After Shawn died, my friends Ilan and Phil organized a group to participate in the Colon Cancer Run here in DC. There were hundreds of people who showed up and the event raised thousands of dollars. As I was running with the kids that day, I thought about how supported and loved I felt. When I turned the corner mid-way through the run, I saw the Capitol and snapped this cover photo of our oldest boy – number 5008 – running towards it.
I thought about this moment when I first saw news of the shooting last weekend at the Tree of Life Synagogue. Of course, I was horrified. And because of my newfound relationship with grief, I thought primarily about those left behind – especially the widows and widowers.
The outrage on social media was apparent, just as it is after every mass shooting. But there was also silence from so many, especially from political leaders who expressed sadness but offered no action. Not everyone was quiet, mind you, and I know there are still many groups and individuals fighting for sensible gun laws, including my friend and neighbor, Senator Chris Murphy.
Everyone from both sides of the aisle supports cancer research. Sure, maybe some politicians focus on it more than others, but no one says to me, “it’s so horrible that your husband died from colon cancer. I wish it had been preventable, but it’s just impossible to do a lot when we really don’t know who is going to get cancer. He didn’t have a family history of cancer. The only thing that could have saved him is if he had thought to get a colonoscopy – and it’s really his fault that he didn’t.”
People don’t say that. Instead, if we’re talking about how to prevent cancer deaths, they talk about raising money for cancer research and they point to the innovative new ideas that are keeping people from getting cancer or treating them once they have it. They don’t think my husband should have prevented his own cancer. Almost everyone thinks that society should do more research, more fundraising, more outreach.
But I hear all the time (and I heard from our president last weekend) that the victims of gun violence should protect themselves. That it is not up to our society to pass sensible gun laws, but rather that there should be greater security at our schools and our places of worship. That we should – God forbid – arm teachers and put metal detectors at the doors of religious institutions.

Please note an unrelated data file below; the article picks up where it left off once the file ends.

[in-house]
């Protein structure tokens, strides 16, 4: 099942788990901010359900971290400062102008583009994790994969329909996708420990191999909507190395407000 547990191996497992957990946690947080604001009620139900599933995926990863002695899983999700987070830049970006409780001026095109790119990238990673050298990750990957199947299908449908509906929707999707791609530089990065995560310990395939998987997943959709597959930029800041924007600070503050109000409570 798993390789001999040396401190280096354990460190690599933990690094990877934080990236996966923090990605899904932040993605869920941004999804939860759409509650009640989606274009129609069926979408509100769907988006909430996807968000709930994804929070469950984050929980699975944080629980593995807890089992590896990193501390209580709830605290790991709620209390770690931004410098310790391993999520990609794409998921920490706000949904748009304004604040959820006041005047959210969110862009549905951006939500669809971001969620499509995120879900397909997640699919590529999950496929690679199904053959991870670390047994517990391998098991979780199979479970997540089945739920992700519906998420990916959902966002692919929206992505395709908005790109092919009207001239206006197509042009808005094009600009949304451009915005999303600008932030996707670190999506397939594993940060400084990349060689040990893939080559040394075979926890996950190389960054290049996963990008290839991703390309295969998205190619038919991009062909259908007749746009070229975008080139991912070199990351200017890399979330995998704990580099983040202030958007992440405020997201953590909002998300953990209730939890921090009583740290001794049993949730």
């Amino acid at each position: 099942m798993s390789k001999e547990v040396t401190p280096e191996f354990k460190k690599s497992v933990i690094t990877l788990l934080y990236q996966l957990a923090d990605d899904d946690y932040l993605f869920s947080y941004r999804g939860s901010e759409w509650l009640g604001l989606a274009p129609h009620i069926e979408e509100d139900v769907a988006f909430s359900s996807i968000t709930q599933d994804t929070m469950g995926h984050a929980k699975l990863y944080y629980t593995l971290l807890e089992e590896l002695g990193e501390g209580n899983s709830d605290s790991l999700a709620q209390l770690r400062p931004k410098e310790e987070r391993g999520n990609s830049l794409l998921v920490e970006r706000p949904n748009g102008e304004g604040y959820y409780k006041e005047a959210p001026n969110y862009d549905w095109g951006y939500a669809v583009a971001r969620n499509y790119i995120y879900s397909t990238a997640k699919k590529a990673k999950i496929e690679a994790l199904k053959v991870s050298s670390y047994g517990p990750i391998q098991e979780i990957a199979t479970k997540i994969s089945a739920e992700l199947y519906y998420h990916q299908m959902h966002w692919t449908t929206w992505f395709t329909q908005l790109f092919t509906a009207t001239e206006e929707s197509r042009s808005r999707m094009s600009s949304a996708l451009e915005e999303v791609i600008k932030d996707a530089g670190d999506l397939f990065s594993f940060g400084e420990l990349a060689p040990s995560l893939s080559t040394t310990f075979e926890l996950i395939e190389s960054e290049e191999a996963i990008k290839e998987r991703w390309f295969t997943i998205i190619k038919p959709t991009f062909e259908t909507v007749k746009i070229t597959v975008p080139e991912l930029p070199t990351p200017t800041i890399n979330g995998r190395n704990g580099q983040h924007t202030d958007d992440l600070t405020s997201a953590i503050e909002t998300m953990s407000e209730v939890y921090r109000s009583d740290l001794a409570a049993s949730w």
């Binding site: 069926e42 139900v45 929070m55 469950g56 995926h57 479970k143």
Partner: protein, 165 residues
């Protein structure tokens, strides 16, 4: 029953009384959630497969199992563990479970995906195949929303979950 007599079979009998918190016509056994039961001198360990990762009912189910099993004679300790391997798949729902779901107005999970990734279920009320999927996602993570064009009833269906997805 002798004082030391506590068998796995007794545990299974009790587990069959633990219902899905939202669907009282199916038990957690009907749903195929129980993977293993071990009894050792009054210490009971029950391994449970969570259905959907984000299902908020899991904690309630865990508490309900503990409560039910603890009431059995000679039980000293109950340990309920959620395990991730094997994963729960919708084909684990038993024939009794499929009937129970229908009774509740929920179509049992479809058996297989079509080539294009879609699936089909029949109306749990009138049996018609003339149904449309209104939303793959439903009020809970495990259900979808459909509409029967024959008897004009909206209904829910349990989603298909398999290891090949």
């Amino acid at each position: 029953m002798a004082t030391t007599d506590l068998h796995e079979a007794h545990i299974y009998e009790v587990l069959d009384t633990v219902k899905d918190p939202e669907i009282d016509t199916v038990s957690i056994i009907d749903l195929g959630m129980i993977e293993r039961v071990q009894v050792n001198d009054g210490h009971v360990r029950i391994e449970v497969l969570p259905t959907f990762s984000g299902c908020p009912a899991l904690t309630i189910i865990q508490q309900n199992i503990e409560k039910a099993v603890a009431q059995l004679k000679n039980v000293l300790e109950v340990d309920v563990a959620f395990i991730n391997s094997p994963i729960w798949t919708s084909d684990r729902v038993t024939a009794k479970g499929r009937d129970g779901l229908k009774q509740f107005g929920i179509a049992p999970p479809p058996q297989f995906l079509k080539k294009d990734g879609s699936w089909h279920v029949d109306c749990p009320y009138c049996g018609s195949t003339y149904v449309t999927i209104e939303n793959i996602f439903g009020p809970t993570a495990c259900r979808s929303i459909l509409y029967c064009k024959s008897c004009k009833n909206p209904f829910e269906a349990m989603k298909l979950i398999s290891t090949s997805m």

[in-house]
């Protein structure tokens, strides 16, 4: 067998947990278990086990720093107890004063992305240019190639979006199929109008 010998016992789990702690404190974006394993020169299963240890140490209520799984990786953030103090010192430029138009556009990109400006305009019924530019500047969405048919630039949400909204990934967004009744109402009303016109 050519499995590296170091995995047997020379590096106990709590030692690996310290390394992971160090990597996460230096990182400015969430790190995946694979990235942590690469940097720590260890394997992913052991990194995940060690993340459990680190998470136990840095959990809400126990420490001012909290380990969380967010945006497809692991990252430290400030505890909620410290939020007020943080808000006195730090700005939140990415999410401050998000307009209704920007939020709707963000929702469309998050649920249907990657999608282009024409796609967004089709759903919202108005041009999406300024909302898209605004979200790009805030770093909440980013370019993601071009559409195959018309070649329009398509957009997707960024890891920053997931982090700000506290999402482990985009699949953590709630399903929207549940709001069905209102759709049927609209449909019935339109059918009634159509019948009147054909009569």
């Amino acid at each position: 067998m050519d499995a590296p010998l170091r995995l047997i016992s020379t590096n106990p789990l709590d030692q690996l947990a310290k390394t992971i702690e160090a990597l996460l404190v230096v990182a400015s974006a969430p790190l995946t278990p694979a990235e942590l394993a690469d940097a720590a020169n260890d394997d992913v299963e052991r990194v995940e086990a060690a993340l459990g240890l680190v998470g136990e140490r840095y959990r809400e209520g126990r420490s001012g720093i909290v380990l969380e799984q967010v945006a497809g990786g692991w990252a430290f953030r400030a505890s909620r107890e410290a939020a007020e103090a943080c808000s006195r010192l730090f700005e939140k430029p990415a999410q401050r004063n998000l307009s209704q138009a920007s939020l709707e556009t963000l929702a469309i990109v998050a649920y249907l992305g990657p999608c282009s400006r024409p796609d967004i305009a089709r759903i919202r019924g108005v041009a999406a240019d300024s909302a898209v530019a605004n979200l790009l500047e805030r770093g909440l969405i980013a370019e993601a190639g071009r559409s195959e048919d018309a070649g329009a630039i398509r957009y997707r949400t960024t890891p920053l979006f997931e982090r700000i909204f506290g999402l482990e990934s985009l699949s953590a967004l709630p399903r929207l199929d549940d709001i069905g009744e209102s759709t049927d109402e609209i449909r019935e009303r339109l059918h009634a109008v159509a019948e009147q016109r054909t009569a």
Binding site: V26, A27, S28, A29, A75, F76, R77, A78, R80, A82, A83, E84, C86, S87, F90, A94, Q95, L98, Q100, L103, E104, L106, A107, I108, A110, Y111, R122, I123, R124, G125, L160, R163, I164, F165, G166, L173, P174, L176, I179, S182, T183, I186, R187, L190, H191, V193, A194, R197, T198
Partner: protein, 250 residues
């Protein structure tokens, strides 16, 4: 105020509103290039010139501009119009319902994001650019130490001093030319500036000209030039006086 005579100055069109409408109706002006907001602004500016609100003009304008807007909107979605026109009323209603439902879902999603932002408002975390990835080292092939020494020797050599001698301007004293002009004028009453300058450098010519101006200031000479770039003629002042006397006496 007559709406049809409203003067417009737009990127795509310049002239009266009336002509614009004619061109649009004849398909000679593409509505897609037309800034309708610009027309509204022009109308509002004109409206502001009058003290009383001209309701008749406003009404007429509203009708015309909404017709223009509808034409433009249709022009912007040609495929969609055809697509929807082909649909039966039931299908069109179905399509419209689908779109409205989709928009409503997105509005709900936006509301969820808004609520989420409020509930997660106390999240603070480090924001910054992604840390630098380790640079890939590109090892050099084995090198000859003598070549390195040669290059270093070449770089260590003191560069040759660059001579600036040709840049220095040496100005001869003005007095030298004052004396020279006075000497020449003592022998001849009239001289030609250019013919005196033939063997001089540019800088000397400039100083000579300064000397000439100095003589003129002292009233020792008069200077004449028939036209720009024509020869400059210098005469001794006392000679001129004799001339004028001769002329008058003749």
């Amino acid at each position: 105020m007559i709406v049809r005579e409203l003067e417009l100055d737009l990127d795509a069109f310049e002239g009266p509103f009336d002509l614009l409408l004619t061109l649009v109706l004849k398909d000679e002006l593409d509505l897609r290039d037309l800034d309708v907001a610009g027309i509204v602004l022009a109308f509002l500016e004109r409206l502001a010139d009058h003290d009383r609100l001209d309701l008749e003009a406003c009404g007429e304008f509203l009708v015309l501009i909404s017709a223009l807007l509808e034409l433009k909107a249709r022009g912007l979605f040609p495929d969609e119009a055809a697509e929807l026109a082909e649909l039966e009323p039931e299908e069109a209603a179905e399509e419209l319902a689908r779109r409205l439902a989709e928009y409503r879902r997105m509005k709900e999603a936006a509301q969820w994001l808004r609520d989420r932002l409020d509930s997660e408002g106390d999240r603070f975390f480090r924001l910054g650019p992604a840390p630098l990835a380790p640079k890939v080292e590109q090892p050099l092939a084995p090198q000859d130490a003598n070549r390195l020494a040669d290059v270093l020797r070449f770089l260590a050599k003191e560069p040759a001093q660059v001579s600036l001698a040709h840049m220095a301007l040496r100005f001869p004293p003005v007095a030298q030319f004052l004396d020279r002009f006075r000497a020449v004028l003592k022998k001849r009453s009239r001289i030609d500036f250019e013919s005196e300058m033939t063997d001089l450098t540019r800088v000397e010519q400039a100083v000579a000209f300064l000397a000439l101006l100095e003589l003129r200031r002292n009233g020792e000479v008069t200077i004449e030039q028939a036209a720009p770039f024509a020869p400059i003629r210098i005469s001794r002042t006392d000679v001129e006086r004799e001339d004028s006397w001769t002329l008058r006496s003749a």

When I hear this, I think about how insane that all sounds. I mean, we’re talking about people who were trying to worship God when they were killed.
Yes, it was a madman who killed those innocent people. It was also an aggressive form of colon cancer that killed my husband. But no one is throwing up their hands and saying that it was Shawn’s fault he died. No one is blaming him for not getting screened earlier for cancer. No one is saying that there’s really nothing that can be done to end cancer. Instead, people raise money to fight colon cancer. Doctors take that money and invest it in research and find out ways to prevent my kids from getting that same cancer.
As Shawn lay dying in the hospital, there was a doctor that talked to us about his terrible prognosis. “I know this is all very difficult to hear,” the doctor said as I cried and he stoically listened, “but what I want you to know is this: when we operated on you, we took the cancerous portion of your colon out. We are going to use it to study more about colon cancer and to figure out how to keep more people from dying.”
When my kids turn 30, they will have to start getting regular colonoscopies. I can’t allow myself to think too much about their genetics and the possibility that something could happen to them. But I know this – the doctors at NIH are working towards a cure. Our government funds NIH. People raise money for colon cancer research. There might be a cure someday. No one just has “thoughts and prayers” for colon cancer.
So what I actually worry about is the fact that my kids have to practice active shooter drills at school. What I actually worry about is the fact that we go to a church with absolutely no security at the door. What I actually worry about are all the kids who aren’t white and Christian and have even more risks that they face every day just because of who they are.
I can’t believe that I live in a country where we do the best research in the world on how to prevent cancer but the CDC can’t research gun control and Congress can’t manage to implement common sense gun laws.
Maybe Shawn’s cancer and our numerous gun tragedies aren’t related. But as Americans, our response should be the same. We should say “no more!” and do what needs to be done to stop these horrors. I’m tired of hiding in a corner of my classroom with my students, insisting that they remain quiet.
I’m done with silence.